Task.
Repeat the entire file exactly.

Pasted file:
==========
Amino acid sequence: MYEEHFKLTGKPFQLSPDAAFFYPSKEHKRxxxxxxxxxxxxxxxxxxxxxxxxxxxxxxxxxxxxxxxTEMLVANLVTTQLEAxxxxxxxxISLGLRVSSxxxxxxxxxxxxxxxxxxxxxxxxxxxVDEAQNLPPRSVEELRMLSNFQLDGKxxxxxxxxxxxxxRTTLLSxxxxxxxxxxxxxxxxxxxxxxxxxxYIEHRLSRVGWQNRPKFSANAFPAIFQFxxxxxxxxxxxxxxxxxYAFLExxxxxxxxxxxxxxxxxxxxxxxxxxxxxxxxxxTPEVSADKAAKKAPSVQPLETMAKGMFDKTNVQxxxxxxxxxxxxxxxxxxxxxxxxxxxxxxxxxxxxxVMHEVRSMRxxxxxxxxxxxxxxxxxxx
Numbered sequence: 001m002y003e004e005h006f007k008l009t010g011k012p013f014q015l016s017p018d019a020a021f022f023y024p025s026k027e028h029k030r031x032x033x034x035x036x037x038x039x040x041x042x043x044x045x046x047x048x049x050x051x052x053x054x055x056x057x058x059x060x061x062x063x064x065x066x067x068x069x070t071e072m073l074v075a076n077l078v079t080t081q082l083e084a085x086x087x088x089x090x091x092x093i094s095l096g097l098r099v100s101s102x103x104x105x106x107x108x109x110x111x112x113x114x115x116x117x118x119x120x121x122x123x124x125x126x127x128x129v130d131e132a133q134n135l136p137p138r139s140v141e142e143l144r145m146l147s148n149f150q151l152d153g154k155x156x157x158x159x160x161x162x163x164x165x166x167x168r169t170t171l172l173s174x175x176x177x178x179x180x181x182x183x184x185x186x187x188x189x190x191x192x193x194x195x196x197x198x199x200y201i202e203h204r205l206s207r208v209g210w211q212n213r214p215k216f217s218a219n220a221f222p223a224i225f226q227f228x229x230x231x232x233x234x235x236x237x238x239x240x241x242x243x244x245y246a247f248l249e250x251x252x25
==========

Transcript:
Amino acid sequence: MYEEHFKLTGKPFQLSPDAAFFYPSKEHKRxxxxxxxxxxxxxxxxxxxxxxxxxxxxxxxxxxxxxxxTEMLVANLVTTQLEAxxxxxxxxISLGLRVSSxxxxxxxxxxxxxxxxxxxxxxxxxxxVDEAQNLPPRSVEELRMLSNFQLDGKxxxxxxxxxxxxxRTTLLSxxxxxxxxxxxxxxxxxxxxxxxxxxYIEHRLSRVGWQNRPKFSANAFPAIFQFxxxxxxxxxxxxxxxxxYAFLExxxxxxxxxxxxxxxxxxxxxxxxxxxxxxxxxxTPEVSADKAAKKAPSVQPLETMAKGMFDKTNVQxxxxxxxxxxxxxxxxxxxxxxxxxxxxxxxxxxxxxVMHEVRSMRxxxxxxxxxxxxxxxxxxx
Numbered sequence: 001m002y003e004e005h006f007k008l009t010g011k012p013f014q015l016s017p018d019a020a021f022f023y024p025s026k027e028h029k030r031x032x033x034x035x036x037x038x039x040x041x042x043x044x045x046x047x048x049x050x051x052x053x054x055x056x057x058x059x060x061x062x063x064x065x066x067x068x069x070t071e072m073l074v075a076n077l078v079t080t081q082l083e084a085x086x087x088x089x090x091x092x093i094s095l096g097l098r099v100s101s102x103x104x105x106x107x108x109x110x111x112x113x114x115x116x117x118x119x120x121x122x123x124x125x126x127x128x129v130d131e132a133q134n135l136p137p138r139s140v141e142e143l144r145m146l147s148n149f150q151l152d153g154k155x156x157x158x159x160x161x162x163x164x165x166x167x168r169t170t171l172l173s174x175x176x177x178x179x180x181x182x183x184x185x186x187x188x189x190x191x192x193x194x195x196x197x198x199x200y201i202e203h204r205l206s207r208v209g210w211q212n213r214p215k216f217s218a219n220a221f222p223a224i225f226q227f228x229x230x231x232x233x234x235x236x237x238x239x240x241x242x243x244x245y246a247f248l249e250x251x252x25